He checks futures and bond prices, foreign and domestic, using them as derivatives alongside implied and historical volatility trends to gauge market sentiment. All of this is done in time to start taking risks come opening bell at 9:30 am.
“I just kind of go at it,” Sherwood explains.
While Sherwood means business, his demeanor is light. He is down to earth and friendly, a good ol’ boy from upstate New York. He had his first beer when he was 21 and attributes his work ethic to life on the farm. Not able to afford college, Sherwood made sure his academic and football skills could help him get there. After receiving a full ride athletic scholarship to Liberty University, Sherwood graduated Summa Cum Laude in three years with a 3.9 GPA, he then received his MBA in an accelerated one- year program. Following his 2007 graduation, Sherwood accepted a position at Morgan Stanley in its private wealth management division before taking a job at a hedge fund, managing a full discretionary investment position at Axis Global.
“I’ve always had a chip on my shoulder growing up, not in a boastful way but I’ve always had something to prove,” Sherwood said, taking a break from his computer in his office. “I grew up from humble beginning and when you go back to upstate New York, my dad is still in a single wide trailer. I grew up with hard times and, for me, I always wanted more. Now, I eat a lot less ramen noodles in life but I still stay humble.”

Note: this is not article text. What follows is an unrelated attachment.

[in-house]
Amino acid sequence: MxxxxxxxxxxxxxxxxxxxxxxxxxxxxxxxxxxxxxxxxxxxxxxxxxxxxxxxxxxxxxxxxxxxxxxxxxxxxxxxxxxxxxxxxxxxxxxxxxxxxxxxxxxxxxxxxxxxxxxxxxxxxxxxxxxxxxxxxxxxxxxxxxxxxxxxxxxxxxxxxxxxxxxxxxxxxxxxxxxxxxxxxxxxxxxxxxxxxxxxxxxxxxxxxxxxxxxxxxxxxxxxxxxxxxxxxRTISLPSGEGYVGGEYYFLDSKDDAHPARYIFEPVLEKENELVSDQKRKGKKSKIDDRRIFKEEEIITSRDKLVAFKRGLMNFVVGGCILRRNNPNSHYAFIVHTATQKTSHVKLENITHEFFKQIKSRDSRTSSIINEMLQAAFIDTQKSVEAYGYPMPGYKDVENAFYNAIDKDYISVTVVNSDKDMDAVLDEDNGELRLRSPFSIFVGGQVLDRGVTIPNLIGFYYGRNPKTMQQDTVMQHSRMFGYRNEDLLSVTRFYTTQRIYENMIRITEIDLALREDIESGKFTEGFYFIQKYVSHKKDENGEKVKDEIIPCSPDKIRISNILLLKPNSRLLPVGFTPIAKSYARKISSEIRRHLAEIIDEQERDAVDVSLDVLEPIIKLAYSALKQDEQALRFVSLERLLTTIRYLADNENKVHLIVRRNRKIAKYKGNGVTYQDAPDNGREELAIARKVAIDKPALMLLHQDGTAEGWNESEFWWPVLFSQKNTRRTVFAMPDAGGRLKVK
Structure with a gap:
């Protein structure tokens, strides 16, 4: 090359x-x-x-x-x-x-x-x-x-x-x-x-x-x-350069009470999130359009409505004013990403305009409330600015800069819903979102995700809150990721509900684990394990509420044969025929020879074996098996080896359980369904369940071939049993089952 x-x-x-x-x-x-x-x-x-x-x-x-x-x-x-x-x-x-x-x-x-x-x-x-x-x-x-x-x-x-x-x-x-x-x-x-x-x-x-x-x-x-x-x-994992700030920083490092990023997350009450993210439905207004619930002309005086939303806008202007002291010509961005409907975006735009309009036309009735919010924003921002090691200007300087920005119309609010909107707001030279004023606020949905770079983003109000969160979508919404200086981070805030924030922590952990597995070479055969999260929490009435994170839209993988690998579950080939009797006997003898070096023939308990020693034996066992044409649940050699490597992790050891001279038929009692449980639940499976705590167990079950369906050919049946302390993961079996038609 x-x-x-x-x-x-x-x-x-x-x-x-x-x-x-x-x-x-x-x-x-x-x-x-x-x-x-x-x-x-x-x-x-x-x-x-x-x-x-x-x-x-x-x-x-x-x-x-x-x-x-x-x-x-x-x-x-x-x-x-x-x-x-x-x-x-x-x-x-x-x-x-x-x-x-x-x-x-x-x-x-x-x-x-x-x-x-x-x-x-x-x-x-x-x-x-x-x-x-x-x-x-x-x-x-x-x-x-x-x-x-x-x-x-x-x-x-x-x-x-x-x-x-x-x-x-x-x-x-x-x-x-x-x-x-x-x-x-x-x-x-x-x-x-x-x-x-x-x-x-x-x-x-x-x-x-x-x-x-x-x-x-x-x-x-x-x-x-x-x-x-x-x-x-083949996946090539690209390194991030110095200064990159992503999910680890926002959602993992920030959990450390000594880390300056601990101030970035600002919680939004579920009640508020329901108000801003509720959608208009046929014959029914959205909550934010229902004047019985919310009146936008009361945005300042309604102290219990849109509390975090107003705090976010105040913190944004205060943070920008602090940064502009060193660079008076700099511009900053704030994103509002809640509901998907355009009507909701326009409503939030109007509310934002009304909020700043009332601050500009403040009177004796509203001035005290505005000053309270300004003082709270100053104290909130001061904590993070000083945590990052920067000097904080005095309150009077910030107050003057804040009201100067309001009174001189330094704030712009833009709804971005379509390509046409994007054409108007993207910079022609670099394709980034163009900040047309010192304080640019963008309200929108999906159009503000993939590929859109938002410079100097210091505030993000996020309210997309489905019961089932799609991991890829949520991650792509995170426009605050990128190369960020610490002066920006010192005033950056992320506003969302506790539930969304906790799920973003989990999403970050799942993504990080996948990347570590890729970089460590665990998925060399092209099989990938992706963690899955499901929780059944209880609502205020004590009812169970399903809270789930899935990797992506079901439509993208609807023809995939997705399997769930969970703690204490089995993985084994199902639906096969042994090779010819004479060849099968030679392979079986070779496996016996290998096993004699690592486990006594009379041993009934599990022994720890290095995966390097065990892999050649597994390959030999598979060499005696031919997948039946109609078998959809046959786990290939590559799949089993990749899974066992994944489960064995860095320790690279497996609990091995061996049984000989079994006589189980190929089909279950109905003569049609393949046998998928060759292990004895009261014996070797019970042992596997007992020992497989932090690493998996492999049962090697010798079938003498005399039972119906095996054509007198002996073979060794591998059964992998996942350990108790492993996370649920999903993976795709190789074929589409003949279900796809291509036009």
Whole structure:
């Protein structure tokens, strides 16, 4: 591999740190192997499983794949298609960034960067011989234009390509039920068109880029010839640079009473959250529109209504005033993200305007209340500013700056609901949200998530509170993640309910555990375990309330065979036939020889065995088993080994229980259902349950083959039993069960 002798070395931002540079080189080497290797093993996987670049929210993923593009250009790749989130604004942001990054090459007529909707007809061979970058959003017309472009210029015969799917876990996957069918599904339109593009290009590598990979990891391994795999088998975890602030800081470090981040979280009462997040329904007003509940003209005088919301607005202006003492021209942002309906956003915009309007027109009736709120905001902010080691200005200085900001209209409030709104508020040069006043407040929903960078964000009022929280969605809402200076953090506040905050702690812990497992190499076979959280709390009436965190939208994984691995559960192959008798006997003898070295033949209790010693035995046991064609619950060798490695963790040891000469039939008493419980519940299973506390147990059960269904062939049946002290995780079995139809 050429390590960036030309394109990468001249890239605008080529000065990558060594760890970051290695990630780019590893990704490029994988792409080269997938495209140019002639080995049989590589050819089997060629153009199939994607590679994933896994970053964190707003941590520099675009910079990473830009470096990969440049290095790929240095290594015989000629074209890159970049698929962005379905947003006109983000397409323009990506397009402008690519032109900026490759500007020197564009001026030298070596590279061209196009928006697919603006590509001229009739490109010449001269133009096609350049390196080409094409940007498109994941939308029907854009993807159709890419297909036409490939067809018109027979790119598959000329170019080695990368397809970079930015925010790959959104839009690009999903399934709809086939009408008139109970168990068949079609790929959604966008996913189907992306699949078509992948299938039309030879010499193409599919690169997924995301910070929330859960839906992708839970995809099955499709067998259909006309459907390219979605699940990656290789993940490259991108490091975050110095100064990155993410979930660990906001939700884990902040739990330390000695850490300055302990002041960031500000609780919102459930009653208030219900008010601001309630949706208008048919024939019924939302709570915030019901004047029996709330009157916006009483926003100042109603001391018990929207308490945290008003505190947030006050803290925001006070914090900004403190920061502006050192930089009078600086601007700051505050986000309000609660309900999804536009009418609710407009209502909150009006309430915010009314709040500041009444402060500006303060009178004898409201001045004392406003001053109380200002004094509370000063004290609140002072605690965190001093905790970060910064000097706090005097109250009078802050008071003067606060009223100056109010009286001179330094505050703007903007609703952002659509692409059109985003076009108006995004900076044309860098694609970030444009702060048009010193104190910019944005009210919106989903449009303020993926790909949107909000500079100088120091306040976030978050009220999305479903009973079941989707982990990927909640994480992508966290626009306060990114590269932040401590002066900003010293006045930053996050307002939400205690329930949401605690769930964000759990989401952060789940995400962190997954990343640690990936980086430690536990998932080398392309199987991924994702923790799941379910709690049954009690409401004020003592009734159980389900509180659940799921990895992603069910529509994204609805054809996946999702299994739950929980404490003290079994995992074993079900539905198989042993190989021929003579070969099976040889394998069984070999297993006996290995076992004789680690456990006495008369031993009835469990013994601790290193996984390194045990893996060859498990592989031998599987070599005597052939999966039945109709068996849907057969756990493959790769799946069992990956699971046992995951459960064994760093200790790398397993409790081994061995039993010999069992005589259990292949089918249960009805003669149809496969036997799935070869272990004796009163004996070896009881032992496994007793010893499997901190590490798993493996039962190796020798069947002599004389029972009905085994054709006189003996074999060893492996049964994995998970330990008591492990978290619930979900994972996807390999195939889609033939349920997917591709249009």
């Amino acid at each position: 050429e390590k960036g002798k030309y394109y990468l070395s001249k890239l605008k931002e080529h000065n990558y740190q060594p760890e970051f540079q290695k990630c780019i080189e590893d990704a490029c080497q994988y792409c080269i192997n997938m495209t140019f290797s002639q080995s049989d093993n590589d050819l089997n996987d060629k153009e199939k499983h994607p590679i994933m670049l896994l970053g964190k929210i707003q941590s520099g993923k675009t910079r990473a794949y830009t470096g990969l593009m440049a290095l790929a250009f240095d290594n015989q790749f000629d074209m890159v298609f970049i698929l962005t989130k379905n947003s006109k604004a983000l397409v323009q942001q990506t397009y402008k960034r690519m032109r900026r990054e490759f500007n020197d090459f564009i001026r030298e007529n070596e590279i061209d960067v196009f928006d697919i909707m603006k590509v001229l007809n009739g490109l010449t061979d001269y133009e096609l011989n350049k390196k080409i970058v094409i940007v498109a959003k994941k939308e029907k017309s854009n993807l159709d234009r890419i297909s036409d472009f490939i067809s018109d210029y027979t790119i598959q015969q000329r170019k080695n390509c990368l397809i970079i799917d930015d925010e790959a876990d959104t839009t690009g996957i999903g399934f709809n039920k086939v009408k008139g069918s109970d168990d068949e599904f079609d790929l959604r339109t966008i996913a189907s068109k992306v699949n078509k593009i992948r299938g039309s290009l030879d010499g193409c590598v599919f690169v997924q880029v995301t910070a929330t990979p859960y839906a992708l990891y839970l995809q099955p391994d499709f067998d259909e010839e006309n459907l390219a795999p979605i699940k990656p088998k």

While the S&P 500 index saw a 40 percent drop during the 2008 financial crisis, Sherwood’s asset portfolio at the hedge fund where he worked increased 18 percent, a 58 percent out performance over the benchmark index. But on Aug 13, 2008, during the heart of the crisis, Sherwood’s life changed forever.
“I woke up and there was a dot on the mirror. It was 6:30 in the morning, this was after trading Asia all night. I tried to wipe the dot away and all of the sudden the dot was on my hand, it was a bright white dot, anywhere I looked.” Sherwood said.
Not knowing what to think and with a pregnant wife at home, Sherwood decided to conduct business as usual. He was in his office by 8:30 am, making trades and taking risks by 9:30 am.
“I got to my desk and the dot was everywhere I looked,” Sherwood said. “I just wanted to stay focused on what I was doing. August 2008 was a very volatile time for the market, this was after we dissolved Lehman Brothers and Bear Stearns was in turmoil.”
After work, Matthew made his way home, stuck to the routine, ate dinner as quickly as possible and was on his screens in time for the Australian and Japanese market opening.
"I didn’t want anyone to know. I felt very vulnerable."
“I then woke up in the morning on the 14th after a brief REM sleep. I looked at the mirror and that dot was now the size of a quarter. And wherever I looked there it was. And at that point I remember being nervous but I didn’t want it to faze me in any way. I made it out the door, made it to the train at a normal time. Sticking with the routine, I was in front of my desk by 8:15 am. I ended up looking at my screens and I couldn’t see anything - I couldn’t see any numbers, I couldn’t see anything.” Sherwood said.
Not wanting to lose valuable time on the markets, Sherwood asked his assistant to magnify his screens. He proceeded to do business as usual, taking risks, entering and exiting out of trades and holding positions overnight.